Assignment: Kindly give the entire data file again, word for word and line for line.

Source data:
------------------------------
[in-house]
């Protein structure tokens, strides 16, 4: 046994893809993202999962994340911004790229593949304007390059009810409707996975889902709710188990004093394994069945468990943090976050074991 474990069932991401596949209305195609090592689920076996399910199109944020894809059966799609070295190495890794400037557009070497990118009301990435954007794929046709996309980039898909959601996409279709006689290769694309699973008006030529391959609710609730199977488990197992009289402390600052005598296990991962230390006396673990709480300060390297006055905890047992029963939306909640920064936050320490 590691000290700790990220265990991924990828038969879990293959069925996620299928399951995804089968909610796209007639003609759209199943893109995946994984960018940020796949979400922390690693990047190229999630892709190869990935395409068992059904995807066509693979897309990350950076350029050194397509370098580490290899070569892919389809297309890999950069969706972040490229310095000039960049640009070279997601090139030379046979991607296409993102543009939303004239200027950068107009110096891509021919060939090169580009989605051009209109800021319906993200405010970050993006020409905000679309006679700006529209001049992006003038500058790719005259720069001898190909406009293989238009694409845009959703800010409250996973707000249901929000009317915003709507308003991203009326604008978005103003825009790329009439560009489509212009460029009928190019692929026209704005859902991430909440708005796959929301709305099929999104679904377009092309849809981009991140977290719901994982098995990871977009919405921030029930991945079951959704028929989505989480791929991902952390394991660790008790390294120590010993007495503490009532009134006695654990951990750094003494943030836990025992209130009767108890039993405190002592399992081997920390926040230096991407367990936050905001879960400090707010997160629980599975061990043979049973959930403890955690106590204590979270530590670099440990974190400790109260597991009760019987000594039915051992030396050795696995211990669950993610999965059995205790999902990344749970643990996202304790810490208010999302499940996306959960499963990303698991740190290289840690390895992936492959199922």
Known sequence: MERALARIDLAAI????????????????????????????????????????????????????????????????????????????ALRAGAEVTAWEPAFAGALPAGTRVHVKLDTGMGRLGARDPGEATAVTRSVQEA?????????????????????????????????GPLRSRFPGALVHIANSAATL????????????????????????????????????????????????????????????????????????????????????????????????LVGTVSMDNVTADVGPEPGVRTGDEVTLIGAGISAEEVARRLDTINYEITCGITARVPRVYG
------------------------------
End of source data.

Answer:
[in-house]
């Protein structure tokens, strides 16, 4: 046994893809993202999962994340911004790229593949304007390059009810409707996975889902709710188990004093394994069945468990943090976050074991 474990069932991401596949209305195609090592689920076996399910199109944020894809059966799609070295190495890794400037557009070497990118009301990435954007794929046709996309980039898909959601996409279709006689290769694309699973008006030529391959609710609730199977488990197992009289402390600052005598296990991962230390006396673990709480300060390297006055905890047992029963939306909640920064936050320490 590691000290700790990220265990991924990828038969879990293959069925996620299928399951995804089968909610796209007639003609759209199943893109995946994984960018940020796949979400922390690693990047190229999630892709190869990935395409068992059904995807066509693979897309990350950076350029050194397509370098580490290899070569892919389809297309890999950069969706972040490229310095000039960049640009070279997601090139030379046979991607296409993102543009939303004239200027950068107009110096891509021919060939090169580009989605051009209109800021319906993200405010970050993006020409905000679309006679700006529209001049992006003038500058790719005259720069001898190909406009293989238009694409845009959703800010409250996973707000249901929000009317915003709507308003991203009326604008978005103003825009790329009439560009489509212009460029009928190019692929026209704005859902991430909440708005796959929301709305099929999104679904377009092309849809981009991140977290719901994982098995990871977009919405921030029930991945079951959704028929989505989480791929991902952390394991660790008790390294120590010993007495503490009532009134006695654990951990750094003494943030836990025992209130009767108890039993405190002592399992081997920390926040230096991407367990936050905001879960400090707010997160629980599975061990043979049973959930403890955690106590204590979270530590670099440990974190400790109260597991009760019987000594039915051992030396050795696995211990669950993610999965059995205790999902990344749970643990996202304790810490208010999302499940996306959960499963990303698991740190290289840690390895992936492959199922």
Known sequence: MERALARIDLAAI????????????????????????????????????????????????????????????????????????????ALRAGAEVTAWEPAFAGALPAGTRVHVKLDTGMGRLGARDPGEATAVTRSVQEA?????????????????????????????????GPLRSRFPGALVHIANSAATL????????????????????????????????????????????????????????????????????????????????????????????????LVGTVSMDNVTADVGPEPGVRTGDEVTLIGAGISAEEVARRLDTINYEITCGITARVPRVYG